Mr. Lidington: If one had to sum up the political challenge of addressing the persecution it would be to ensure that the guarantees and the admirable fine language contained in the United Nations resolutions and the Iraqi constitution are translated into reality on the ground for families living in all parts of Iraq.

There are important questions for the Kurdish regional authorities. Repeated allegations have been made—they have been mentioned during the debate—that Kurdish authorities and militias have been actively involved in acts of persecution against Christians in the northern governorates around Kirkuk and Mosul. Prime Minister Maliki himself was reported in Gulf News as saying that Kurdish militias were involved. I am interested to know whether the British Government share that reported assessment. There are allegations that the Kurdistan Democratic Party has been consistently implicated in persecution. Does the British Government have any evidence that that is the case?

Our involvement in the protection of the Kurdish autonomous region goes back a long time before 2003. I hope that that will enable British Ministers and officials to raise very frankly with their Kurdish regional counterparts the concerns that have been voiced during this debate. It is important that we see a change in the northern governorates ahead of the delayed provincial elections in that part of Iraq. Such elections will not take place at the same time as the elections in the central and southern governorates.

There seems to be a contest between Kurdish and Sunni Arab interests for control over disputed areas in northern Iraq, and it is the Christians and the other minorities who are caught in the middle. It is right that the international community should give voice to those
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who are powerless. When those elections are called, we must ensure that there is adequate international scrutiny and supervision so that the failures in providing completely free and fair elections, which were alluded to earlier in this debate, are not repeated.

The United Kingdom will inevitably continue to carry a sense of responsibility for what happens in Iraq, even after the last of our soldiers have left. I hope that the Government accept that responsibility and will act on it.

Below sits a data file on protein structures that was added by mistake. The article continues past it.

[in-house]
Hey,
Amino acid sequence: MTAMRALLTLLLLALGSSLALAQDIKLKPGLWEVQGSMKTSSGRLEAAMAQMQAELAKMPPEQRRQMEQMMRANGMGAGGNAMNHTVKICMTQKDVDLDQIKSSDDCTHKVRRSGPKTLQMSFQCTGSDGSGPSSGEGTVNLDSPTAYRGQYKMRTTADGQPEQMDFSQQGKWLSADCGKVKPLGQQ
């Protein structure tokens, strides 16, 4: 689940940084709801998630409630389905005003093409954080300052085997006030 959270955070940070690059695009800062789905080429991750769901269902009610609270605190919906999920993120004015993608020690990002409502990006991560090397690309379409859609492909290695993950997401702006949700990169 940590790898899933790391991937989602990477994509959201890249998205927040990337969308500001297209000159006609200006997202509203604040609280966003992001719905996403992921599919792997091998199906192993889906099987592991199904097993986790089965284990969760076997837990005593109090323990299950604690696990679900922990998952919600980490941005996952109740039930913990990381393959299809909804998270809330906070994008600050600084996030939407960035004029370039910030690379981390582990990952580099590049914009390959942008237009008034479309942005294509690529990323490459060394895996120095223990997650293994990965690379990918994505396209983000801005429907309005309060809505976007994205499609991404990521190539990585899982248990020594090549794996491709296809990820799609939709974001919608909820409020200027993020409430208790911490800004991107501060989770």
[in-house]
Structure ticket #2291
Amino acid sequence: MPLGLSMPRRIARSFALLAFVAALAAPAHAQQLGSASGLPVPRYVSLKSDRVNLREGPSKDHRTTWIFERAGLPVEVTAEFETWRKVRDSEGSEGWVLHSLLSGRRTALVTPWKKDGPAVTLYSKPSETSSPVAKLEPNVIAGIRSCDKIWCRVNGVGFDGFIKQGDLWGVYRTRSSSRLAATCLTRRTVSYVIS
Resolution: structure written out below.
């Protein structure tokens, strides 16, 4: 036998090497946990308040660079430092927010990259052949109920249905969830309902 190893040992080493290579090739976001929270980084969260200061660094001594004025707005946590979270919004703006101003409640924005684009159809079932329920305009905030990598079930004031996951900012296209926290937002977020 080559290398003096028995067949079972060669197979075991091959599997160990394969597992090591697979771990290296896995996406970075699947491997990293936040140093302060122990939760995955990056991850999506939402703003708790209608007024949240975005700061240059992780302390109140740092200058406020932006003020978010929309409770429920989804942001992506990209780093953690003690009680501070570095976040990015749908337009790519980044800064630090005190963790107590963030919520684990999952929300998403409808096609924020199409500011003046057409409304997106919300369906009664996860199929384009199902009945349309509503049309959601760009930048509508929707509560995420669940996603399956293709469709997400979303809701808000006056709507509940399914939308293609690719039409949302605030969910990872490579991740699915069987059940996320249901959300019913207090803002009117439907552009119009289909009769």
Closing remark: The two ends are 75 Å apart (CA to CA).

12.14 pm

The Minister of State, Foreign and Commonwealth Office (Bill Rammell): It is a pleasure to be sitting under your chairmanship, Mr. Martlew. May I start by genuinely congratulating the hon. Member for Gainsborough (Mr. Leigh) on securing this debate? He clearly has real passion and conviction for the issue. I know that he has taken an extraordinary degree of interest in it and has visited the country himself and has looked at the issues at first hand. That was very clear from his remarks. At this time of year, when major faiths are engaging in both reflection and celebration, this subject has particular relevance, and the hon. Gentleman is right to raise the issue and his concerns here.

I know that many hon. Members from all parties and noble Lords in another place have also strived to bring this issue into sharper focus, notably my hon. Friend the Member for Stroud (Mr. Drew), Lord Alton of Liverpool and Baroness Cox whom I met last month to discuss the issue. I also welcome the links between churches in the UK and Iraq that have helped to highlight this issue.

We have had a constructive and informative debate this morning, with hon. Members expressing their deeply held convictions and concerns. I echo the concern for Iraq’s diverse communities, which have all suffered in Iraq over the past five years since the fall of Saddam Hussein, and under his vicious regime before that.

It is difficult to separate this issue from the broader picture in Iraq which, as a result of improving security and progress towards reconciliation, is a far brighter one than we have seen for several years—certainly brighter than it was a year ago. Before I get on to the specific subject of Iraqi Christians, I should like to say a little about that progress. A month or so ago, I made my first visit to Iraq since taking on this ministerial post. My strong sense is that Iraq is a country which is steadily getting back on its feet. The progress that has been made since 2003 has given the Iraqi Government the chance to extend their focus from security issues to the wider range of social and economic issues and to allow them to rebuild a prosperous country offering the Iraqi people greater access to well functioning public services, such as hospitals, schools and social services.

Improvements to security have enabled coalition troops to hand back responsibility for security to the Iraqis. Attacks are down 85 per cent. compared with 2006. The Iraqi-led Operation Charge of the Knights in Basra in March 2008 has done a great deal to improve the security situation there. That trend is positive, but I acknowledge that there is still a long way to go, as last Thursday’s appalling suicide bombing on the outskirts of Kirkuk reminds us.

The Government firmly believe that all Iraqis deserve to live free from the threat of violence or intimidation. Ultimately, the key to securing that will be in achieving